PARADISE KILLER’s open world design is excellent both in terms of presentation and how it complements its gameplay mechanics. Though I encountered graphical hiccups like texture pop-ins, the highly stylized art design gives the game a distinct personality. The island’s brutalist architecture is balanced with an 80’s retro aesthetic that’s colorful and welcoming. The soundtrack is incredible – almost certainly my favorite from this year. Though it mainly consists of catchy, summery tunes, there are these gorgeous Badalamenti-esque jazz pieces that capture the stakes of this feverish noir. There are also tracks that can be unlocked as you move around the island and you can even change songs on the fly like a radio station.
While the island may not be the largest environment to explore, the sheer detail packed into it is astonishing. I can’t count the number of times where I was certain I had fully explored a section of the island, only to return and realize that one of my newfound abilities or recent investigative findings allowed me to access a massive space that I had either forgotten about or didn’t realize was there.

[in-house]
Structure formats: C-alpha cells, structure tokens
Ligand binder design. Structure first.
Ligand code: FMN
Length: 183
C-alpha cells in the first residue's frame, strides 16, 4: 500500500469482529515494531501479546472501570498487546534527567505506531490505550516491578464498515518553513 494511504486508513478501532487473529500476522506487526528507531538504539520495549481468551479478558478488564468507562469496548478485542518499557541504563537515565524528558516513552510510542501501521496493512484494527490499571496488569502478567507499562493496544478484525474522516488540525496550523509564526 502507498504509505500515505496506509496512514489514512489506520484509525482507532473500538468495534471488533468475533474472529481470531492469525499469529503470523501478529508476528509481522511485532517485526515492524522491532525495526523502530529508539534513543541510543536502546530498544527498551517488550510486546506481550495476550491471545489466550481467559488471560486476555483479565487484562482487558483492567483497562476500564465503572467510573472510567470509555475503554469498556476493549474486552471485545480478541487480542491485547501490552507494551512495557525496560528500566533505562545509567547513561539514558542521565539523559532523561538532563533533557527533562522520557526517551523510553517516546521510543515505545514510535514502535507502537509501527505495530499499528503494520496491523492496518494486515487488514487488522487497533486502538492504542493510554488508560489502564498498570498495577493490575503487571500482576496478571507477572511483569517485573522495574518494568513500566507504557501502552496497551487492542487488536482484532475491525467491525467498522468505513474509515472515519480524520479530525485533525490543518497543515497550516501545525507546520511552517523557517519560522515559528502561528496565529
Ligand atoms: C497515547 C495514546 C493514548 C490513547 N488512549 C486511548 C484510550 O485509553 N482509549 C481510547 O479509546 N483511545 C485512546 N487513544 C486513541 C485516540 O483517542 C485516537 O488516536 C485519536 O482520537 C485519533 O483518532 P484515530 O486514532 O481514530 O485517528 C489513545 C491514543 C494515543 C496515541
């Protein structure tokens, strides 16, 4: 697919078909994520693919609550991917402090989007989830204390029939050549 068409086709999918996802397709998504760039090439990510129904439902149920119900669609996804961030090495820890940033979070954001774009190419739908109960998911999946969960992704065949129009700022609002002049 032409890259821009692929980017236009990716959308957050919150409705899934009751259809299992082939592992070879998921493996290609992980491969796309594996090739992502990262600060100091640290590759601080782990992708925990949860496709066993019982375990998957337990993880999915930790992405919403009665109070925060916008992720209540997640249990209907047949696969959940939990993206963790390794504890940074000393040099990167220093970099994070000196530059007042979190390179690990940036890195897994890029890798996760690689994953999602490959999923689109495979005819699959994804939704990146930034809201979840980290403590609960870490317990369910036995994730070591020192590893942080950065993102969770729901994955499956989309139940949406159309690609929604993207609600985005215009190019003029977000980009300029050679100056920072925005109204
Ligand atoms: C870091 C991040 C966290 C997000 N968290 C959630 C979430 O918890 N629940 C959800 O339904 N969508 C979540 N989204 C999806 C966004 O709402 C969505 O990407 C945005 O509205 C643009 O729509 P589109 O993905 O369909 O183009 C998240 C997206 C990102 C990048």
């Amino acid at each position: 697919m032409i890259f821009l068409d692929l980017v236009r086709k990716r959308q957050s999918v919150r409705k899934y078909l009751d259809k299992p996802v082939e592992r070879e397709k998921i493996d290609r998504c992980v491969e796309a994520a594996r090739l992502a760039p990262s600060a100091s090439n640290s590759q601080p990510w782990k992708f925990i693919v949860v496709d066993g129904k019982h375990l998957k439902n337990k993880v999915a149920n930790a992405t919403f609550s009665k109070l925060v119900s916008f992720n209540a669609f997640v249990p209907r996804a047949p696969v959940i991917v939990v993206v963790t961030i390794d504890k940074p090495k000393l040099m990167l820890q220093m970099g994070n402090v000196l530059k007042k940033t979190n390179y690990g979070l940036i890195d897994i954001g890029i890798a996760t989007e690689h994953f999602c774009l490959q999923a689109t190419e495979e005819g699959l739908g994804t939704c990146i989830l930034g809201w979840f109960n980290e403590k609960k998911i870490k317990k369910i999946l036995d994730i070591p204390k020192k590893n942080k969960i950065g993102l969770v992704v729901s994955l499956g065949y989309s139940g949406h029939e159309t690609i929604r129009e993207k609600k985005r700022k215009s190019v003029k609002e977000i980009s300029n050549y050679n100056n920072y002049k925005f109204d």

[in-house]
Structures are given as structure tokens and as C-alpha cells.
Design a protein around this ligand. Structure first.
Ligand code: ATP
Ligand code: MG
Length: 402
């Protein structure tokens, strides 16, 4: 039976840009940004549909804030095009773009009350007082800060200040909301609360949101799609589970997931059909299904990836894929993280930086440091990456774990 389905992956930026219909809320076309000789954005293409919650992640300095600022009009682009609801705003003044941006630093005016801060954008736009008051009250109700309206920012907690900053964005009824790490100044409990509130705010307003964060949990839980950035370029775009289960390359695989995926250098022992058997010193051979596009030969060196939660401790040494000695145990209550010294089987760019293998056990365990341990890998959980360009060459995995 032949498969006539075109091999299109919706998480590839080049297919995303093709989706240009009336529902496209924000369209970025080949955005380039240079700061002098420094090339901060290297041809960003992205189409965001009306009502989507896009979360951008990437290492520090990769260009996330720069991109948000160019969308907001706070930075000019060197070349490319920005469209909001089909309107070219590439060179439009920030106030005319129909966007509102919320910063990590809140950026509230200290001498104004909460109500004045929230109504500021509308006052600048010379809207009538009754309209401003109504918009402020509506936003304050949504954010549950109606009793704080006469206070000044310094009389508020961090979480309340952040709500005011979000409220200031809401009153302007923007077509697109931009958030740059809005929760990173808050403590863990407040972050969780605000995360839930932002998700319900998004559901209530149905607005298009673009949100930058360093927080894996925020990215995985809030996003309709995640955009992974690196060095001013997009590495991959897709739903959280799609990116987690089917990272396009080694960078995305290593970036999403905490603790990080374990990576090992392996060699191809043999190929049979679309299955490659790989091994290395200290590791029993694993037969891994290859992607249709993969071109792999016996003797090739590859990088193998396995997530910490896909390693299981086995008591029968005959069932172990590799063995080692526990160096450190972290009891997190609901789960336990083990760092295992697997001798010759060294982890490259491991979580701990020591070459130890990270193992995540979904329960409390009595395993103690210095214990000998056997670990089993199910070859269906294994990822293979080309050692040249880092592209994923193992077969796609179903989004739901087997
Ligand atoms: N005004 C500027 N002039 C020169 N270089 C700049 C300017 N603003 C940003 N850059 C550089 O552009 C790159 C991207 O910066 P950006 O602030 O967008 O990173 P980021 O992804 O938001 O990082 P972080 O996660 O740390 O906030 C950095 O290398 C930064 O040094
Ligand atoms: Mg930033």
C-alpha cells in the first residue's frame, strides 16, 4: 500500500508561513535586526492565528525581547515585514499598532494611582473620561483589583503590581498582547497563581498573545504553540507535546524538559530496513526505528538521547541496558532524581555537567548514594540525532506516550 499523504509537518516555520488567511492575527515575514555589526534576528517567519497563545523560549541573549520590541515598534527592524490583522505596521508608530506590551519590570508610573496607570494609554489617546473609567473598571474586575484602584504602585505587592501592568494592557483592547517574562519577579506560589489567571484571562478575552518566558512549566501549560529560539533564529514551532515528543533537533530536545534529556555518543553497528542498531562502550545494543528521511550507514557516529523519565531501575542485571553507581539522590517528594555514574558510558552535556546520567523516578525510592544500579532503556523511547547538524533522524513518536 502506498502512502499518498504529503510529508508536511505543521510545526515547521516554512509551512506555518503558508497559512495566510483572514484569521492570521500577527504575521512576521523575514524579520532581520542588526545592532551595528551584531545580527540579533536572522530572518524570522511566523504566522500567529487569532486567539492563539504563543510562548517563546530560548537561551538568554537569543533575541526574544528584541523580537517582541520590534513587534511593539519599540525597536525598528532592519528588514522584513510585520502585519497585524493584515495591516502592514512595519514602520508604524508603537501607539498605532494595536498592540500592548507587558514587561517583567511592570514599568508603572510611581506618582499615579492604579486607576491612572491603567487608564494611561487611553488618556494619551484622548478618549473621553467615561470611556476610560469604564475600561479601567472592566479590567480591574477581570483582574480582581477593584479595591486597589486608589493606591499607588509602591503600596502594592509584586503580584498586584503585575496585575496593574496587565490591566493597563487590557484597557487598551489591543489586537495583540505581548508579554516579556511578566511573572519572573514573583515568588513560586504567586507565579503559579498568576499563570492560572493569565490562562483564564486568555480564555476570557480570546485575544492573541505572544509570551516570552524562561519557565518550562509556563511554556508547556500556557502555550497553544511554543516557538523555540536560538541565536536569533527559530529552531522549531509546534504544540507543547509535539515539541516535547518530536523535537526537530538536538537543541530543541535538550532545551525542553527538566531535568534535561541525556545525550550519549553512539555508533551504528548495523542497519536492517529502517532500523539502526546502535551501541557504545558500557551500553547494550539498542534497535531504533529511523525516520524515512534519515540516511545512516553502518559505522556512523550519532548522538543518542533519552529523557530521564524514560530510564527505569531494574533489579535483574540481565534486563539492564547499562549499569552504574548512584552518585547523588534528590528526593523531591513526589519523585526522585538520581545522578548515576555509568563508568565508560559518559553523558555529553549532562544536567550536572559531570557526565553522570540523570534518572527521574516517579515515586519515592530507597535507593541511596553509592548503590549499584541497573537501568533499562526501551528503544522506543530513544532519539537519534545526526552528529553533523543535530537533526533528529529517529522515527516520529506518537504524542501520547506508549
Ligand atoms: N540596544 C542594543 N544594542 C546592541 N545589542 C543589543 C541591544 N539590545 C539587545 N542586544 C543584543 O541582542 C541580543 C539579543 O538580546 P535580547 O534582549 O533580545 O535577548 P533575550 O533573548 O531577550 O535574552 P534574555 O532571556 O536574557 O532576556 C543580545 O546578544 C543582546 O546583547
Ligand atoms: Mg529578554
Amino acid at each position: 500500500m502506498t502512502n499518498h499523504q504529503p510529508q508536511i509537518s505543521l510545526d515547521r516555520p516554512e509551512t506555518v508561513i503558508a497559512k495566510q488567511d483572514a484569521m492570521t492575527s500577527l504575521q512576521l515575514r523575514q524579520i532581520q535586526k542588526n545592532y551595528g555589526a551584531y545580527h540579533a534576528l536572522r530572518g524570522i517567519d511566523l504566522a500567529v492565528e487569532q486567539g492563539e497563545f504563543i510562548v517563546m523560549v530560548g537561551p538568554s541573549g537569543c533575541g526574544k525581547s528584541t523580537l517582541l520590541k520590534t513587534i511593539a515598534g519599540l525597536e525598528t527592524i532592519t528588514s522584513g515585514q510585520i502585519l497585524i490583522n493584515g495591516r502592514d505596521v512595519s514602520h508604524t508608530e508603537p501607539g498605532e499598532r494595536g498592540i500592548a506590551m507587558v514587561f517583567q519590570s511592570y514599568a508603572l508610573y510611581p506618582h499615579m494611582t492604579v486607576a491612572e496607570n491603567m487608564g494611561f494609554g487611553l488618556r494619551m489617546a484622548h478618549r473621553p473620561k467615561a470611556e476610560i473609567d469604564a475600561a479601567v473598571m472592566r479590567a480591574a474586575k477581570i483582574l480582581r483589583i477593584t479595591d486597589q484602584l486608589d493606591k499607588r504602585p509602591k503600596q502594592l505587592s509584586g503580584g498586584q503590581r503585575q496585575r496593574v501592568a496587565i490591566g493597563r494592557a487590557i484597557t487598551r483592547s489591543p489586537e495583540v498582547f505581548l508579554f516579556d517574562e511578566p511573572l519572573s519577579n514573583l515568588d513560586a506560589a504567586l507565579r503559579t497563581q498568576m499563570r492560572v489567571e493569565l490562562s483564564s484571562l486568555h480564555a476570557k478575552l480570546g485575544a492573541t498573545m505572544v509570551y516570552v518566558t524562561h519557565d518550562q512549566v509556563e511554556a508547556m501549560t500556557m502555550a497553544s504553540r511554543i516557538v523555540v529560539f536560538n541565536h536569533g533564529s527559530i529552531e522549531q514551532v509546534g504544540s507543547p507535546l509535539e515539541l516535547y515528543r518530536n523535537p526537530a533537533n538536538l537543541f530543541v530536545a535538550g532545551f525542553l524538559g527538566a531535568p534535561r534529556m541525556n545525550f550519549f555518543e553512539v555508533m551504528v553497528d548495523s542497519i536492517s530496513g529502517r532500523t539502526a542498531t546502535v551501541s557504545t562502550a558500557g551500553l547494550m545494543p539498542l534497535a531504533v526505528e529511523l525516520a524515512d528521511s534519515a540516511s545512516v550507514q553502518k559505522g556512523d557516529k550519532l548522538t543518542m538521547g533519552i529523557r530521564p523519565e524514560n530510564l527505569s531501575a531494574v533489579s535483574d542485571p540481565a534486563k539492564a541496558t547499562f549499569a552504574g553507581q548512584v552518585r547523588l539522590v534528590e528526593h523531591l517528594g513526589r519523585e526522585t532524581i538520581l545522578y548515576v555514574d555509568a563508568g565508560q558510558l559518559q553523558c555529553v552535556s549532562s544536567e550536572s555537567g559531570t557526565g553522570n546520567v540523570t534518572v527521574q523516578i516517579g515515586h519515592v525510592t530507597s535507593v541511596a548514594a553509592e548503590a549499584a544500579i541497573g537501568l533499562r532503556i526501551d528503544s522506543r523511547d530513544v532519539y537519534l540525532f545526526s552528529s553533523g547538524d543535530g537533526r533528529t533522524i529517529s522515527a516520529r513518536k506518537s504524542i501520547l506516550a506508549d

This sense of discovery is accomplished through the non-linear structure of the game. From the get-go, players are encouraged to explore the island at their own pace in whichever way they please, reminiscent of titles like The Witness or even Breath of the Wild. See a building in the distance? Go check it out. If you can’t get inside, then look around or try talking to people to see what information you can get out of them. You can always come back to it later. With the help of Starlight, your computer companion, you can unlock new areas and secrets. As you explore the island, you’ll find Blood Crystals, the game’s currency, which can be used to unlock a whole bunch of stuff such as fast travel points around the island, drinks from vending machines, information, and abilities. Relics are also scattered about for those who love to collect and wish to learn more about lore.